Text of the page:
Weird.

Any help is appreciated.

Thanks!
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Question by:ctp_mackdaddies
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10 Comments
 
LVL 24

Expert Comment

by:NVIT
ID: 40536458
Not sure if there's a real fix for you but when that happened to my client restarting the "DFS Namespace" service fixed it.
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LVL 1

Author Comment

by:ctp_mackdaddies
ID: 40536990
It's weird because it usually only affects one user at a time, and the issue is resolved on the client-side. So one person accessing the share, probably after having their network connection disrupted, will not be able to reconnect to it. Others accessing the share won't have an issue. And it doesn't happen every time.
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LVL 24

Expert Comment

by:NVIT
ID: 40537001
Picking at straws here... Maybe reboot the switch everyone is connected on?
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LVL 1

Author Comment

by:ctp_mackdaddies
ID: 40538019
It has occurred with people in different offices, different switches.

Since DFS replication is not being used, I might have the users map directly to the server share path, rather than the DFS redirection folder. That would be a temporary troubleshooting step, though.
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LVL 24

Expert Comment

by:NVIT
ID: 40538348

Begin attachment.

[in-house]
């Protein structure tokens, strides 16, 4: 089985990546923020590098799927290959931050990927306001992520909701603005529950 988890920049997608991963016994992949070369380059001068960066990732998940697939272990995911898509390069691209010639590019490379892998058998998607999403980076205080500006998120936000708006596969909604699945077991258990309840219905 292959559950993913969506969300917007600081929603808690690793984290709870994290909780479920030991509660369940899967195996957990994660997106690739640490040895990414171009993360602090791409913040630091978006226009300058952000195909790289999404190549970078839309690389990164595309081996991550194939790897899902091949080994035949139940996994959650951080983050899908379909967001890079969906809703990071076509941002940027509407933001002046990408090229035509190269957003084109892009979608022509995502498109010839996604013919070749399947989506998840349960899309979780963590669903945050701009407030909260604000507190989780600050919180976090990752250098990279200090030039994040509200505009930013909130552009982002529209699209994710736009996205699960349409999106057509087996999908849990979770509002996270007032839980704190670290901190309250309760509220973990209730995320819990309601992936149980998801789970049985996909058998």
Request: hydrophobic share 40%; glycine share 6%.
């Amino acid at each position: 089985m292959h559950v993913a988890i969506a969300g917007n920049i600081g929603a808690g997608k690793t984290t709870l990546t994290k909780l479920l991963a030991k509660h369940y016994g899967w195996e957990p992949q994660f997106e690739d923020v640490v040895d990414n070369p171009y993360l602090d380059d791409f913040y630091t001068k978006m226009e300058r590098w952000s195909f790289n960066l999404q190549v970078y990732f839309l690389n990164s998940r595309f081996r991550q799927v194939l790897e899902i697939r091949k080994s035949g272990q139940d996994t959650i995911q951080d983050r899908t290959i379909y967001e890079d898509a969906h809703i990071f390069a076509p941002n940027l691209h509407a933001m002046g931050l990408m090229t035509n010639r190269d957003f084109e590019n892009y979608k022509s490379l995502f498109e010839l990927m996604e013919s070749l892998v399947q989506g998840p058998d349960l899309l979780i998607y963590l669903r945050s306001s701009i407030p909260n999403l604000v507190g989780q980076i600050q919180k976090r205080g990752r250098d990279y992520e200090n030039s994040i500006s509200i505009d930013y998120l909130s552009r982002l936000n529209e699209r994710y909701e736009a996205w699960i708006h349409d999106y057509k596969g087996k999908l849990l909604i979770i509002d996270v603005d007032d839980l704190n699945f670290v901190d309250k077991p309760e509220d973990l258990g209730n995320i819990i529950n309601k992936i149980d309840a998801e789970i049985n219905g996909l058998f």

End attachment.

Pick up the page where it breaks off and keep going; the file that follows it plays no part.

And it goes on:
Do you have other dfs shares on the suspect server? If so, do they also show the issue? If not, maybe try making a temp dfs share on the same server to see if it happens with that share. That might help isolate the server.
0
 
LVL 1

Author Comment

by:ctp_mackdaddies
ID: 40538440
There are several other shares on the server, all being pointed to with DFS (although again, there is no replication). It has been experienced with a couple of the shares, but not all. And when it does happen, not everyone who accesses the share has the problem. I don't think there's something happening to the share itself. Though I don't know the source of the issue, the problem is definitely being triggered on the client PC. One person can experience the issue, while dozens of others do not. And access to the share is restored by making changes on the client PC.

Thanks
0
 
LVL 24

Expert Comment

by:NVIT
ID: 40538469
Have you checked client Power settings so the NIC isn't powering down to save power?
0
 
LVL 1

Author Comment

by:ctp_mackdaddies
ID: 40545371
The NIC does not power down to save power.
Not sure how that would affect one share but not the others, though.

Thanks,
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LVL 1

Accepted Solution

by:
ctp_mackdaddies earned 0 total points
ID: 40560607
Disabling latency optimization on the onsite Riverbed accelerator resolved the issue. This is a known bug. In fact, we had a similar (though not identical) issue last year in a different office, caused by the same thing.

thanks
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LVL 1

Author Closing Comment

by:ctp_mackdaddies
ID: 40569017
Comments by other experts did not name or effectively narrow-down the cause.